Most common categories people can reduce are:
- Eating out
- Grocery budget
Eating out and cable are completely unnecessary expenses. If you are trying to buy a new car in a short time frame, you need to get a little drastic to see what it might do for you.
If you are trying to reduce your grocery budget, I HIGHLY suggest looking into online grocery shopping. Wal-Mart allows you to grocery shop online, seeing the total price tag before you purchase those items. If you need to take some things off your account, you can. Then you go pick them up at the store and never have get out of your car. #peaceoutimpulsebuys
*Temporarily* push pause on retirement
I personally, am pushing pause on my retirement accounts. I know that 6 months of not actively saving for retirement will not kill my financial future. Because once the car is bought and paid for, I can start to keep that same intensity for a few more months and put all that cash back into my IRA (individual retirement account).
This not only frees up a nice chunk of change every month, I can start to quickly boost my savings. If this gives you anxiety, I understand. But the way I see it- if your car craps out on you tomorrow and you have to finance a car, then that money would have been better spent on savings for a beater to get you by, instead of financing and paying a shit ton in interest.
*Note: if you are 1 year+ away from buying a car, reduce the amount into your retirement accounts, but do not push pause fully. You should always prioritize maxing out your IRA and paying off debt before buying a car.
Don’t play the car payment game
Look, I get it. When you are seeing that you can get a nicer, shinier, car for a couple hundred dollars a month, it’s easy to be tempted. But DO NOT fall into this trap. Being able to afford the payment doesn’t not mean you can afford the car. You are signing up for $200 a month over the course of 3-5 years and agreeing to pay interest to the loan provider. The other piece is you are covering the cost of depreciation on the car from your own pocketbook. Not smart.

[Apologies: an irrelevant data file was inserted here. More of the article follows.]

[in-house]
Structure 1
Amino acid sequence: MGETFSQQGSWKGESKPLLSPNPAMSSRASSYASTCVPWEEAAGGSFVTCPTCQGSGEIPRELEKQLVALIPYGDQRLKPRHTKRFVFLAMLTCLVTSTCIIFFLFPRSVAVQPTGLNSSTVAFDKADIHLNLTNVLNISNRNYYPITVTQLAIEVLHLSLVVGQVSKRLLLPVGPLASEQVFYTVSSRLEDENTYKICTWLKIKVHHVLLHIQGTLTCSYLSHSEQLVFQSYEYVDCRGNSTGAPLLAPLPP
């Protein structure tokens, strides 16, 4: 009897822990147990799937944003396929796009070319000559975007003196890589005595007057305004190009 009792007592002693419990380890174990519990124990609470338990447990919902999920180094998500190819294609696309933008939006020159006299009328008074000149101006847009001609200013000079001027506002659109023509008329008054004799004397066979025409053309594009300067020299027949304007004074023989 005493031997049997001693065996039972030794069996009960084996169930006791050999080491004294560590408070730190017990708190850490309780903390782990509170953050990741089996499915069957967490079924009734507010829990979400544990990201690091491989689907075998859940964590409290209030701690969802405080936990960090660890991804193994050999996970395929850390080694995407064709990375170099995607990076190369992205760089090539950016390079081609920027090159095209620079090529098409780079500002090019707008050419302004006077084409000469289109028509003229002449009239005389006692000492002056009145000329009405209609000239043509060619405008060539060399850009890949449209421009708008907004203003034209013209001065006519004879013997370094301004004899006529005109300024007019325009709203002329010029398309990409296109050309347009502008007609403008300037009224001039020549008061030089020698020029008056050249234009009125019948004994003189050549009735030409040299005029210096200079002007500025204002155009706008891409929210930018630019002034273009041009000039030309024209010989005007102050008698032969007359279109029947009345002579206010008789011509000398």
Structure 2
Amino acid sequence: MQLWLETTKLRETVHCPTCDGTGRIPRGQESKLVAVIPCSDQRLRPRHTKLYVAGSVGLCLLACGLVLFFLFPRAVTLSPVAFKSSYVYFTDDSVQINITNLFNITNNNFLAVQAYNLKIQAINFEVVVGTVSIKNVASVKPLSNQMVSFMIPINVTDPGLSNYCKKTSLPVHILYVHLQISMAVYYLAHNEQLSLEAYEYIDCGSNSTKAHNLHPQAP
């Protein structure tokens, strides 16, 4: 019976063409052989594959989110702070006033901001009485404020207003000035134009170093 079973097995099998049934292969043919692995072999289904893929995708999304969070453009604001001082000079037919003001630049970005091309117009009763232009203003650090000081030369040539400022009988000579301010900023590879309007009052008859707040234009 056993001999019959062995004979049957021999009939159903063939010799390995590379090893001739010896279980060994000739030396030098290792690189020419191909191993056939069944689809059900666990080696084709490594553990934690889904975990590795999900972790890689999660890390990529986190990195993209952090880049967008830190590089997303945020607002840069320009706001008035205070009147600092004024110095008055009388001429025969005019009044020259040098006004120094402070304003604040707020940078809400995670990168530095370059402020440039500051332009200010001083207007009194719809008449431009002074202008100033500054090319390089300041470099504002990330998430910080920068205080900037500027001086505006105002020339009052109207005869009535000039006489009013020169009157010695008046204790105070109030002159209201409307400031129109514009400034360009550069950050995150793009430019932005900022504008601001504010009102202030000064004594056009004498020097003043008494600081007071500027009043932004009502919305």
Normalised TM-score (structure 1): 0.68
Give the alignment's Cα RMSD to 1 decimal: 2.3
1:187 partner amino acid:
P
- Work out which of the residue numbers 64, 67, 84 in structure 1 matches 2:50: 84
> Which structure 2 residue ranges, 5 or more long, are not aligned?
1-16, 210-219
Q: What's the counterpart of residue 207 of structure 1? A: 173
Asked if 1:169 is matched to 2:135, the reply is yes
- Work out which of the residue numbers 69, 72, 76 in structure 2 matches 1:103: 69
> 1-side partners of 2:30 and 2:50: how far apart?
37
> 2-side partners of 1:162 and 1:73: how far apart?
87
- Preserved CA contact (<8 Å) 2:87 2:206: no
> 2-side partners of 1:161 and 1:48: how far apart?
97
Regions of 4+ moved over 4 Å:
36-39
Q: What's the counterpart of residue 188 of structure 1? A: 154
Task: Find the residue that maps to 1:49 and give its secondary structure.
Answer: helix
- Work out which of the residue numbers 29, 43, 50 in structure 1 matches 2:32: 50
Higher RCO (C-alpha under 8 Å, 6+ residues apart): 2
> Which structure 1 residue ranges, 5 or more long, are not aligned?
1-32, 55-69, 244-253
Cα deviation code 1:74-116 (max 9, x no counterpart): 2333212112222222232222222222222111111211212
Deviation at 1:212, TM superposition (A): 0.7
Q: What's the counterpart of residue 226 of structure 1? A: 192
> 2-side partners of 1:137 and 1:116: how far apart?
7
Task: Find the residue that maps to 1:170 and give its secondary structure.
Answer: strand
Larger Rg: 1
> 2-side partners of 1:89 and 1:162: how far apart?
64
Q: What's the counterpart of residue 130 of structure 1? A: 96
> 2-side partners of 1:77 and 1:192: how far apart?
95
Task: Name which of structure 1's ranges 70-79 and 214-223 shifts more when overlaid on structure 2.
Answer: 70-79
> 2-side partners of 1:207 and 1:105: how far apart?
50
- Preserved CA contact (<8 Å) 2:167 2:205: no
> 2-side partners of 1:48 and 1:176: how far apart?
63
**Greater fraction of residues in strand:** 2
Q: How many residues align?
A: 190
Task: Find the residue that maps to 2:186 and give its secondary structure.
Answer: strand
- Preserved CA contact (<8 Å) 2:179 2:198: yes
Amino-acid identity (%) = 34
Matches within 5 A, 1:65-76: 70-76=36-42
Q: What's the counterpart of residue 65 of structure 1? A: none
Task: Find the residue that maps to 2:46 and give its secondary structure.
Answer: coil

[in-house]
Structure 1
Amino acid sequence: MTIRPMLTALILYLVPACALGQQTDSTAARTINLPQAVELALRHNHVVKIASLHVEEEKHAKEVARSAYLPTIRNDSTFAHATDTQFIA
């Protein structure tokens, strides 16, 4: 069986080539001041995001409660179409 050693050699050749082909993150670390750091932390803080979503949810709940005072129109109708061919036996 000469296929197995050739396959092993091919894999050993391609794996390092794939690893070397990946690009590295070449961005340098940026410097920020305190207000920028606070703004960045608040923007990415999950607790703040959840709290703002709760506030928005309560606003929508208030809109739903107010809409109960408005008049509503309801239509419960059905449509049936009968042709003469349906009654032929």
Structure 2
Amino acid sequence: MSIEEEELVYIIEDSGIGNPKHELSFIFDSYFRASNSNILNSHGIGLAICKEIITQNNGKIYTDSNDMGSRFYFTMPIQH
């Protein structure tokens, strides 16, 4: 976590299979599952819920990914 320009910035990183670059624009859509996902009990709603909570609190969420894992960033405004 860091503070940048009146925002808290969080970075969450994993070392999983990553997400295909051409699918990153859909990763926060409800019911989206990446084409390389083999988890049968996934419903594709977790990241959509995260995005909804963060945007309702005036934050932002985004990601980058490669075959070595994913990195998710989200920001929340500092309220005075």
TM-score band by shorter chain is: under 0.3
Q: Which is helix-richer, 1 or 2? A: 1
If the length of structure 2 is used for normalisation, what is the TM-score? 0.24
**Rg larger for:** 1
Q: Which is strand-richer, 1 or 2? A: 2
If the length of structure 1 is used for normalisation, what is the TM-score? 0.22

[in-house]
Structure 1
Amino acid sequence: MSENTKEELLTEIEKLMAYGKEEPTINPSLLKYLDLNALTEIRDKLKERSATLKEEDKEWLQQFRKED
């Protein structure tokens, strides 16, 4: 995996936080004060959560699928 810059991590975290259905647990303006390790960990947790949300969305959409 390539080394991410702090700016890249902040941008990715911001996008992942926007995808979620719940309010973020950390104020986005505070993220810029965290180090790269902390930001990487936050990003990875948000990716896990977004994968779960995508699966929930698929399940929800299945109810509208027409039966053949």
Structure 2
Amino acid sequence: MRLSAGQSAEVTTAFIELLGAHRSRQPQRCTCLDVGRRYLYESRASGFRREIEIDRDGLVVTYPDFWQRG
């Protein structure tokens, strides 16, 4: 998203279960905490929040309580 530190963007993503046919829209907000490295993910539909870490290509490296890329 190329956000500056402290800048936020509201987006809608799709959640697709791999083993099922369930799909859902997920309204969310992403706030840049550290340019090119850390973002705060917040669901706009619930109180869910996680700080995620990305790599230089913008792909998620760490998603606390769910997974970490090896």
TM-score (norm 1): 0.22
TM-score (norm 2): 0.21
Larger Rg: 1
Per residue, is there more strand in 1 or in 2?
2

Here’s what I mean- let’s say you buy a brand new car for $30,000.
- Cars value after driving it off the lot: $26,700
- Cars value after 1 year of ownership: $22,500
- Cars value after 3 years: $16,200
- Cars value after 5 years: $11,100
What does this mean? A brand new car generally loses 63% of it’s value in 5 years. Don’t be the idiot who loses 63% of your investment in 5 years. Unless you have already hit your million dollar net worth, you really can’t afford to lose that much money and overpay for a car.
- Use this calculator to see how much the car you’re thinking about will depreciate
Do the tough work now, save up money, keep driving your current car, and when you have enough cash, pay for a car that fits your budget.
Do not finance anything that goes down in value. Ever.
(Unless you want to be broke, then by all means, finance away!)
Between cutting my own personal budget, pushing pause on my retirement savings, and a little bit of side hustling, I’ll be saving $1,000 a month towards a “new to me” car and be able to buy my next car with cash.
I have no idea what kind of car I’ll be getting, but I’m really hoping for a decent crossover SUV. (If anyone has a reliable, well maintained SUV they want to sell me, let me know!) 😉